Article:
The 2012 season was a lost season for Roberto Hernandez and was a very stressful period in his life. In January of 2012 he was arrested in the Dominican Republic for using a false identity. Additionally, the former Fausto Carmona was actually 3 years older than his paperwork had reported. The legal process necessary in order to obtain a visa back to the United States to resume his pitching career wiped out most of his 2012 season and when he finally returned to the Cleveland Indians he wasn’t particularly effective posting an 0-3 record with a 7.53 ERA in just 3 starts. After the season the Indians did not pick up his $6M ption for 2013 making him a free agent.
The Rays have a track record with reclamation projects and were in need of someone to fill the void created after trading James Shields and his +200 innings along with reliever Wade Davis to the Kansas City Royals in December. In Hernandez the Rays saw someone who had delivered a pair of 200+ innings and the rare free agent that they felt had not not reached his full potential. On Decemeber 18, 2012 the Rays signed him to a a 1-year $3.25M contract that included another $1.85M in performance bonuses for innings pitched ($1.25M) and relief appearances ($0.6M).
Andrew Friedman said about the signing of Hernandez “Obviously last year was a lost year for him in a lot of respects. But we feel like this is one of those risk-reward stories that make a lot of sense for us, and the upside is really compelling and gives us a chance to add to our pitching depth, which is something that is a focus for us in a way that it hasn’t been in previous years.”
Rays pitching coach Jim Hickey felt that the best role for Hernandez was in the rotation saying that He’s an inning-eating guy, a 200-inning type of guy that probably ought to be a starter, He’s a big-time sinkerball guy, and with Longoria and Escobar over there, it’s pretty attractive to have that guy in the rotation.”
Thus far in 2013 Hernandez has made 9 starts and has a record of 2-5 with a 5.73 ERA. Over his first 7 starts of the season Hernandez delivered the type of performance a team would expect from their fifth starter as he went at least 6 innings in all but 1 start and posted a record of 2-4 with a 4.43 ERA.
There seemed to be some positive momentum building as the calender flipped to May and over his first two starts of the month he went a combined 12 innings allowing just 3R/ER while striking out 11 and walking just 3. Unfortunately the momentum hit a brick wall at Oriole Park in Camden Yards last Saturday when the Orioles tagged him for 5R/ER in just 2 innings of work and the downward spiral continue last night as the Yankees torched him for 5R/ER and he lasted just 4 innings.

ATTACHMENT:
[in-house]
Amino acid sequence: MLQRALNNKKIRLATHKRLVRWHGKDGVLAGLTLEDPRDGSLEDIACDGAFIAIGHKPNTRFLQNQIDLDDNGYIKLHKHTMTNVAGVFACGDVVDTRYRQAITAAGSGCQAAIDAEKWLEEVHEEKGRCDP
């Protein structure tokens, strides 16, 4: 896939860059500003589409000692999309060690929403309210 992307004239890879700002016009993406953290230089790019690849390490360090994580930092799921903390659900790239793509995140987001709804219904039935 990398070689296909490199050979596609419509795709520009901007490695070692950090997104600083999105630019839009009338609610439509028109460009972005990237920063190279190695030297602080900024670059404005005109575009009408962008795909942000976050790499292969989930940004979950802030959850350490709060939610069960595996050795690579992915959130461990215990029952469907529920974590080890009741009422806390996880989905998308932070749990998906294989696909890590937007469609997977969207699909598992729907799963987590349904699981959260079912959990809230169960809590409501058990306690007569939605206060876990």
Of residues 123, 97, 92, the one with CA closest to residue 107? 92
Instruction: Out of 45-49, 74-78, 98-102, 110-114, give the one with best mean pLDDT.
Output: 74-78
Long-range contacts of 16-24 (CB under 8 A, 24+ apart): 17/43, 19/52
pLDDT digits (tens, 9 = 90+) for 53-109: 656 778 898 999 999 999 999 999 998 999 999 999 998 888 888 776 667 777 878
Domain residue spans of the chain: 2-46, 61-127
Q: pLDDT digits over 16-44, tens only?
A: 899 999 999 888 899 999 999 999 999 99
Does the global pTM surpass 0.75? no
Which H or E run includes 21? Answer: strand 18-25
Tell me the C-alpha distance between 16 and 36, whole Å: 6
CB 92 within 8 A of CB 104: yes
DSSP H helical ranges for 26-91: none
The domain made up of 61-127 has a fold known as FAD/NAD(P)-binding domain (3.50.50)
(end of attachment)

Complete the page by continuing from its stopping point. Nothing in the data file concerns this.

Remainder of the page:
The key to his success is having command of his sinker because if it stays flat is goes a long way but when it has its downward action it results in a lot of ground balls. Hernandez has been able to get the ground balls ranking 13th of all qualified pitchers in groundball rate at 52% but a fair share of his sinkers have been left up in the zone resulting in the worst home run to fly ball ratio (HR/FB%) of all qualified pitchers at 25% and he has given up 10 home runs in just 48.2 innings of work.
His performance thus far may also be part of an anticipated learning curve as he has altered his pitch sequencing which has resulted in a career high strike rate of 20.6% as compared to his career rate of 14%. In his 2011 season, his last full season as a starting pitcher, he threw his sinker (58%), four seam fastball (10%), slider (13%), and his changeup (19%). This season he has thrown his sinker (49%), four seam fastball (8%), slider (13%), and his changeup (30%).
In his career left handed batters have a slash line (batting average/on-base%/slugging%) of .293/.363/.446 which is an OPS (on-base % + slugging%) of .809 against him while he has held right handed batters to a .243/.321/.369 an OPS of just .690. This season left handed batters are wearing Hernandez out posting a slash line of .289/.389/.588 and OPS of .977 and have connected for 8 of the 10 home runs he has given up. He continues to have success against right handed bats limiting them to .241/.276/.349 an OPS of .625.
After the game last night Joe Maddon said of Hernandez, “The primary thing is, he’s not throwing the ball well with any kind of consistency” and about the sinker that he’s “missing in the middle of the plate. It’s not where he wants it to be. That’s what I’m seeing.”
More than likely the Rays will wait until David Price returns before adding a second young arm to the rotation. With David Price on the shelf at least for a few more weeks Hernandez will have an opportunity to find the consistency and location of the sinker if he wants to remain a member of the starting rotation. If not it may not be Jake Odorizzi who finds himself out of the starting rotation when Price return. If Odorizzi should falter the Rays also have Chris Archer, Alex Torres, and Jesus Colome each performing well in Durham that could come up and replace Hernandez.
Roberto Hernadez Game Logs 2013: